FOR IMMEDIATE RELEASE: May 18, 2007
EDITORIAL CONTACT: Lisa L. Rollins, 615-898-2919
NATIONAL YOUTH SPORTS PROGRAM OFFICIAL CONFIRMS MTSU
WILL NOT CONDUCT SUMMER CAMP FOR AT-RISK YOUTH IN ‘07
National Director for NYSP Says MTSU Not Alone in Lack of Funding;
Urges Community Members to Contact Senators, Congressmen for Help
(MURFREESBORO)—For the second consecutive, the National Youth Sports Program (NYSP), a monthlong summer camp for at-risk youth, will not be held at MTSU, confirmed National Program Director Gale Wiedow. In 2005, federal funding for the national program was eliminated, Wiedow said.
“These programs are unable to continue without increased institutional and local community support,” he said. Locally, MTSU’s Department of Health and Human Performance faculty members have overseen the grant-funded camp, which combines sports instruction and recreation with educational programs, for about 300 at-risk youth from qualifying low-income. However, because no federal money for NYSP was provided in the 2005 fiscal year Health and Human Services Appropriations Bill, also known as H.R. 3010, support for the NYSP program at MTSU—as well as 201 other NYSP programs nationwide—will not be available this year, confirmed NYSP organizers.
From 2002-2005, MTSU’s NYSP staff and volunteers provided nearly 1,000 Rutherford County youth with free medical and dental health screenings as well as four weeks of summer fun with educational, health-focused activities that included life lessons and skills. Free transportation to and from the weekday camp was included in the free program, as were two USDA-approved meals each day.
Dr. Dianne Bartley, chairwoman of health and human performance and past NYSP coordinator for MTSU, said prior NYSP campers participated in activities such as self-defense, soccer, swimming, basketball, tennis, volleyball, golf, racquetball, weight training, and social and aerobic dance. “This program has been so very valuable for the young people who attended,” she said. “These campers also took part in educational classes instructed by MTSU educators and community leaders on topics such as alcohol/drug abuse and violence prevention, proper nutrition, personal health and disease prevention, career opportunities and job responsibilities, and higher education.”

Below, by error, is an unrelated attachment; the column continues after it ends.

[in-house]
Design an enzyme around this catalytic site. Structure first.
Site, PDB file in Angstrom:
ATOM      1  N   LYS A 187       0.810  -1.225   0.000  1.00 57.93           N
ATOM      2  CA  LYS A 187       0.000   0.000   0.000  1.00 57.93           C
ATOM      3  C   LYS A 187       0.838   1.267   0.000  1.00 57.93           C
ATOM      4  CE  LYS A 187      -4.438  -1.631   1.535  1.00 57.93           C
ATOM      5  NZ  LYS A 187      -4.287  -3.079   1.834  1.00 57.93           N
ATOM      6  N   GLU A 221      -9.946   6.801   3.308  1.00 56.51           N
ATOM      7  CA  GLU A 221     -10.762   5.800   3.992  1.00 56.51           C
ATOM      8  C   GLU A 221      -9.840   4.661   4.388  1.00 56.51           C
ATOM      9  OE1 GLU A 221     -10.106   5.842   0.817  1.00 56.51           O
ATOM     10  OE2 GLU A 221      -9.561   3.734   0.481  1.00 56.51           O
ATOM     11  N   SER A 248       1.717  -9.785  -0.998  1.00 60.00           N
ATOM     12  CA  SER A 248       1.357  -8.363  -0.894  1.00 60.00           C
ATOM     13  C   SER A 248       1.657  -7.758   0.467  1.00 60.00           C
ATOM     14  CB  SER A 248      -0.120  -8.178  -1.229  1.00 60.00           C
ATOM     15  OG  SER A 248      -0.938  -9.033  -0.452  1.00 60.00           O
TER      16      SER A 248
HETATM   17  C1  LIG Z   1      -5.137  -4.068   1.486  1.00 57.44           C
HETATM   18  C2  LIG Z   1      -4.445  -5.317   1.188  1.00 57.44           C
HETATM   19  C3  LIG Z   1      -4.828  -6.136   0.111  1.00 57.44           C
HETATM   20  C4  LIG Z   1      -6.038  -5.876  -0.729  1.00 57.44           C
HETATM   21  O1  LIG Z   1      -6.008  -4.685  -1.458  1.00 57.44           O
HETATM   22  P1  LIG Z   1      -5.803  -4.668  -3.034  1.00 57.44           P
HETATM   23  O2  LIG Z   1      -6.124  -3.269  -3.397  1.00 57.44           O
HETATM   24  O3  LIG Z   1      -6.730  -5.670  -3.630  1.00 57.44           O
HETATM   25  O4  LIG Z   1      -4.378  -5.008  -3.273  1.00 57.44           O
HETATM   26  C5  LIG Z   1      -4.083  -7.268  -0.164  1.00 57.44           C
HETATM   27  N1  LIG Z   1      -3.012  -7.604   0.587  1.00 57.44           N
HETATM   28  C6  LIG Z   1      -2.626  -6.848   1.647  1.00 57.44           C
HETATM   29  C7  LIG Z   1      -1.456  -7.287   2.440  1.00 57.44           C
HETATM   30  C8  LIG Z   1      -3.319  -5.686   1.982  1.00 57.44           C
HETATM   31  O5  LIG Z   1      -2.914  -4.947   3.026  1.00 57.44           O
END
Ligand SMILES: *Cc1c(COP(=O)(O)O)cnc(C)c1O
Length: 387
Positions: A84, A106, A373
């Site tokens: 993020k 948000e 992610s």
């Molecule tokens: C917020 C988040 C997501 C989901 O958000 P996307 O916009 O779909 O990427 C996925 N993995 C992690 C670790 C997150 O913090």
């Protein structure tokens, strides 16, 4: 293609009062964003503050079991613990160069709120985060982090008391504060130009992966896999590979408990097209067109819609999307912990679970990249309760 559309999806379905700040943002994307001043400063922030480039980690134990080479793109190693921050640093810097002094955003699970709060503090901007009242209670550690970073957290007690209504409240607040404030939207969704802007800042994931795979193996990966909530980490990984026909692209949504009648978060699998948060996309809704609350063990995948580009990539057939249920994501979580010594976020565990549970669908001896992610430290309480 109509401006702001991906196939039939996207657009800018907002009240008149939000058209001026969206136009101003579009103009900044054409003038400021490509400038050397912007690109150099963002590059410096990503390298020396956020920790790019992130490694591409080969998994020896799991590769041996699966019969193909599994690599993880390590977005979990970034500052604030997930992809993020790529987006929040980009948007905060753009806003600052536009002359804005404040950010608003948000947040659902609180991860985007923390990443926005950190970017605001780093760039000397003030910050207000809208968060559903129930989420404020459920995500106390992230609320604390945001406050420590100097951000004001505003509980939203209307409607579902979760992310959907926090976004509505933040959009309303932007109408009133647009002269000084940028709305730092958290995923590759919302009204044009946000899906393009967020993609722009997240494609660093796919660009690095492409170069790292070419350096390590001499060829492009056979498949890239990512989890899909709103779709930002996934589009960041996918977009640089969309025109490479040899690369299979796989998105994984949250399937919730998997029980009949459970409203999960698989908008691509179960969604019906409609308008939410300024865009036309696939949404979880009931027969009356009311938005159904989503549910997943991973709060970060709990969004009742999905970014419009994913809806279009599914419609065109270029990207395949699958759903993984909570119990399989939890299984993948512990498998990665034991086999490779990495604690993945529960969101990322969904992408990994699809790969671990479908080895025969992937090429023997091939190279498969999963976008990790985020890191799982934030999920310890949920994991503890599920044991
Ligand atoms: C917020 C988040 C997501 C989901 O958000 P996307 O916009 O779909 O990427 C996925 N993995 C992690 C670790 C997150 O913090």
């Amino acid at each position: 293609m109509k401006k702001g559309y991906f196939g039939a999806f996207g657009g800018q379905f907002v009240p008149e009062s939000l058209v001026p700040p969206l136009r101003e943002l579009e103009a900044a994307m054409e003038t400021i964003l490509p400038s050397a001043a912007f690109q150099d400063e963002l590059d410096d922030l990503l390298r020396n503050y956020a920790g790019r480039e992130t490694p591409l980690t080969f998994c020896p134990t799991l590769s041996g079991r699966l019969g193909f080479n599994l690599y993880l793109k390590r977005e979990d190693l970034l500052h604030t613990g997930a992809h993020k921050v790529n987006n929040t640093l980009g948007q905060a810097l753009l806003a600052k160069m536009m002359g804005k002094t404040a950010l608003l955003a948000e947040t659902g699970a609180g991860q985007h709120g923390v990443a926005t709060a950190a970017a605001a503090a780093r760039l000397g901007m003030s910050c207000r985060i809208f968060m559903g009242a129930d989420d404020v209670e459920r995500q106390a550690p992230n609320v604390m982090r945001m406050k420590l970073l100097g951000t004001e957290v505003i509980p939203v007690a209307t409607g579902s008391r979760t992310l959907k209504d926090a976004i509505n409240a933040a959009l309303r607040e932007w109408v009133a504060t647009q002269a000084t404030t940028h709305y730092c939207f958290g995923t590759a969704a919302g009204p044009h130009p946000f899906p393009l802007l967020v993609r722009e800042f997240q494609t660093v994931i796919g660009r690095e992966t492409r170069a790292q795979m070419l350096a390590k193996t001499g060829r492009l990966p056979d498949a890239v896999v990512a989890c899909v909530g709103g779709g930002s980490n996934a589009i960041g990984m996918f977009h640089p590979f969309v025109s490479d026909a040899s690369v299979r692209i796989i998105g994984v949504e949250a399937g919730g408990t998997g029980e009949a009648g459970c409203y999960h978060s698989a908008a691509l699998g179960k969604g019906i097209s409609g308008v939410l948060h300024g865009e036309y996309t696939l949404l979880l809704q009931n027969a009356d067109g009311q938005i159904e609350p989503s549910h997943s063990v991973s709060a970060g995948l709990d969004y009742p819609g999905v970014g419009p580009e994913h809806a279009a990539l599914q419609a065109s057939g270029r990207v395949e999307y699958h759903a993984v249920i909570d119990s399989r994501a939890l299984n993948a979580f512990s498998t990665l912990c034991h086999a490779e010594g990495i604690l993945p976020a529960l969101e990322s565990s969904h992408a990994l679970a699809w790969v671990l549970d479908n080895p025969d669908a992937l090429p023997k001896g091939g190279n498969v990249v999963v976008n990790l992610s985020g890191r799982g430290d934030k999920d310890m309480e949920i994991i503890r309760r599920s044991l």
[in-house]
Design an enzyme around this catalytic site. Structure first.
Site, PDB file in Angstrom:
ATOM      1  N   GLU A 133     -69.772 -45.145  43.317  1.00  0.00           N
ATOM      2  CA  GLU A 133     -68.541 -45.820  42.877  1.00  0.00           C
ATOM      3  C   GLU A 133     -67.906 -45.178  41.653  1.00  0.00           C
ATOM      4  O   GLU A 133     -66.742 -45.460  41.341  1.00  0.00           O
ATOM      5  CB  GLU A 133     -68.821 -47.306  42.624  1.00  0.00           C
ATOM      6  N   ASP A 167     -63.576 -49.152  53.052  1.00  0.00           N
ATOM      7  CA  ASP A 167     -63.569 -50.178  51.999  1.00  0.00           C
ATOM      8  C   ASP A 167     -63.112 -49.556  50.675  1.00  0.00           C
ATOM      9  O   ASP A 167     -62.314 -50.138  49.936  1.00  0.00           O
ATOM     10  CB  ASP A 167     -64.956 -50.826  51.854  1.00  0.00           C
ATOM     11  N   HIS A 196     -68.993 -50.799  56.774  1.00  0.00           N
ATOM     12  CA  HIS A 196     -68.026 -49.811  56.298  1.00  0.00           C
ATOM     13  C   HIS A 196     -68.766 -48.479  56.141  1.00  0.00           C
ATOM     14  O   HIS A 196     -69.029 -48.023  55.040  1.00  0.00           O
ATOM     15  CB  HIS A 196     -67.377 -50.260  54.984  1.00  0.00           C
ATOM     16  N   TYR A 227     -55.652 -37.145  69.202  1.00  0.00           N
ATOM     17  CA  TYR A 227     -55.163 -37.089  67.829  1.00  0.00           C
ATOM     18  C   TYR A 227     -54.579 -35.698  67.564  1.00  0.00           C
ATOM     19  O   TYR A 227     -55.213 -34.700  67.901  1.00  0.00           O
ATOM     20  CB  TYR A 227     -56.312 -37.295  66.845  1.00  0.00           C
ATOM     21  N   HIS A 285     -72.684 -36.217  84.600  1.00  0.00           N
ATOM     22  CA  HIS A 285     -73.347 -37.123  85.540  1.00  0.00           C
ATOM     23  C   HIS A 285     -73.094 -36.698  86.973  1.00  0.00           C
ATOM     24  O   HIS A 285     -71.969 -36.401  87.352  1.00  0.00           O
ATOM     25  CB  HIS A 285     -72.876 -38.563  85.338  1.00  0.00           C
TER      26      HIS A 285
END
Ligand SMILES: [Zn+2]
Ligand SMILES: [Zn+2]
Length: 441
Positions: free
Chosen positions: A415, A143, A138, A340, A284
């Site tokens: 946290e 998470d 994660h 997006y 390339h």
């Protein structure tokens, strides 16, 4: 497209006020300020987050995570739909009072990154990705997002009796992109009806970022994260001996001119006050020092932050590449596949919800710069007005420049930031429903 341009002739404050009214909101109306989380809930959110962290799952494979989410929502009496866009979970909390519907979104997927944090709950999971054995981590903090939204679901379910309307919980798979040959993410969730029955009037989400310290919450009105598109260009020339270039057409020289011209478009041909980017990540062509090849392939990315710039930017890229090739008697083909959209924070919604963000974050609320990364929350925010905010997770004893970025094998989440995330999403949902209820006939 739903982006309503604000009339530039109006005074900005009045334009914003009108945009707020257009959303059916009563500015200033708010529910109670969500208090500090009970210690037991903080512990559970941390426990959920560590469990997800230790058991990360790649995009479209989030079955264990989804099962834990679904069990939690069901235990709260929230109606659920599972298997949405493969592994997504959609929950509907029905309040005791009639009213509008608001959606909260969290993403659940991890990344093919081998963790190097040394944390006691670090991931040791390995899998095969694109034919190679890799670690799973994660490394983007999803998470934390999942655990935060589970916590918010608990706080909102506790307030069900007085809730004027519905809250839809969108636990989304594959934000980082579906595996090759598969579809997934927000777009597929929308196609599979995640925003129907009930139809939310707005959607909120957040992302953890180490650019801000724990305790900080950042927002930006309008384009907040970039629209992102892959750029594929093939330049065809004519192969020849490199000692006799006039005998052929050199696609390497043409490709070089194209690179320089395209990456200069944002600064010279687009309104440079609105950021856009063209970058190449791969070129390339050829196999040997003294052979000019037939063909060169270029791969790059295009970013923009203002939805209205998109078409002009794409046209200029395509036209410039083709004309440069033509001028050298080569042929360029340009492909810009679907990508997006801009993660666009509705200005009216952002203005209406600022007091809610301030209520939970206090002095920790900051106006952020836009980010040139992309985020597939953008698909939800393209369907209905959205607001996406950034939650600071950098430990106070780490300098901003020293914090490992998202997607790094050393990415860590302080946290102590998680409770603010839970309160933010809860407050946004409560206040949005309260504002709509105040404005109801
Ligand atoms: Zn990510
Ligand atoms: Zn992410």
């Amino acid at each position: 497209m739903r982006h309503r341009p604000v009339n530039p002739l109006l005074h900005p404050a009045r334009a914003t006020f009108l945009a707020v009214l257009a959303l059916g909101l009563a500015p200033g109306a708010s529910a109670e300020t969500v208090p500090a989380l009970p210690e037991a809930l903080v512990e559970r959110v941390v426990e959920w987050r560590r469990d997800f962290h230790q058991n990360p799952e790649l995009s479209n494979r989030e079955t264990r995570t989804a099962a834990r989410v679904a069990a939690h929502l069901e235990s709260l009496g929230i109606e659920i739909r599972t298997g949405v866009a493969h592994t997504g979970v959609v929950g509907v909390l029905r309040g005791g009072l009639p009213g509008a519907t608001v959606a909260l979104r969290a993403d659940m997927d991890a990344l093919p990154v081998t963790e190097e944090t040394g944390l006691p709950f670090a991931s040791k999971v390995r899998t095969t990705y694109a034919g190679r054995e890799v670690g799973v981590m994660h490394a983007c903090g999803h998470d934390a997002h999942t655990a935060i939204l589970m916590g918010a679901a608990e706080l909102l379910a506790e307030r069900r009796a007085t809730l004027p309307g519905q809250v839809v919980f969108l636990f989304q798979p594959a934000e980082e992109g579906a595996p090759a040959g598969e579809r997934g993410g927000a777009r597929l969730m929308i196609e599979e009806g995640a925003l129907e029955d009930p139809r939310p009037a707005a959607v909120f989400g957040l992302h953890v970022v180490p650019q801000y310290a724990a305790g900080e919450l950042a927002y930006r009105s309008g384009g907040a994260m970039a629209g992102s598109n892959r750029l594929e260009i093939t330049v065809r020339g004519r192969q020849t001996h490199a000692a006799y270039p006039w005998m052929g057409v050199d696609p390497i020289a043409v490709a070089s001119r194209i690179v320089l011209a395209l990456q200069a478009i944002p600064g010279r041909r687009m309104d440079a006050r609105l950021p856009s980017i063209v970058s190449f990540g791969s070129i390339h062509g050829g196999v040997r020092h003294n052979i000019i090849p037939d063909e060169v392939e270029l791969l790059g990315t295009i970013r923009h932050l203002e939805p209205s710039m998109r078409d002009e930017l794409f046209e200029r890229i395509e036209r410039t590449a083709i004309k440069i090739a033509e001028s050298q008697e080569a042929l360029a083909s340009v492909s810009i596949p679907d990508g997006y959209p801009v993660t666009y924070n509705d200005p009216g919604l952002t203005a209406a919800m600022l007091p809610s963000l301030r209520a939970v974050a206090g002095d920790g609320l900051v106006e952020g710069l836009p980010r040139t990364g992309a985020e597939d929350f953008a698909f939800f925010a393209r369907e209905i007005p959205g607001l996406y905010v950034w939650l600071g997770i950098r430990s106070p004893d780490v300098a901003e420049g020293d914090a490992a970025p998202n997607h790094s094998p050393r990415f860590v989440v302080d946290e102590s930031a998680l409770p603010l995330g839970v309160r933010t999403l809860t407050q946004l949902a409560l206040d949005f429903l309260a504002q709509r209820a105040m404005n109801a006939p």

Wiedow said MTSU is not alone in its inability to attract money to support the program, but some NYSP programs—including Tennessee State University in Nashville, which is currently the state’s lone operating program in ‘07—have been able to secure alternative funding to conduct programs on their campuses. “Fifty other programs will run this year,” he said, “(but each of them has been) funded locally by grant money as well as the institution itself helping.” Currently headquartered in Indianapolis, NYSP was created when representatives from the National Collegiate Athletic Association (NCAA) and the President's Council on Physical Fitness and Sports piloted its concept during summer 1968 at two university athletic facilities. On March 17, 1969, the White House announced the federal government was committing $3 million to establish a sports program for economically disadvantaged youth, and NYSP was born. Today, the National Youth Sports Program Fund (NYSP Fund), which operates under the National Youth Sports Corporation (NYSC) moniker, is a nonprofit organization established to administer NYSP projects nationwide.
Both Bartley and Wiedow agree that that if MTSU is to continue sponsoring the summer camp for at-risk youth, the local community must exercise its collective voice to help restore funding for NYSP so that it can return in 2008. Wiedow suggested residents utilize the Web to contact their local state senators at www.senate.gov and their state representatives at www.house.gov. For more information on NYSP, access its home page at http://www.nyscorp.org/nysp/home.html.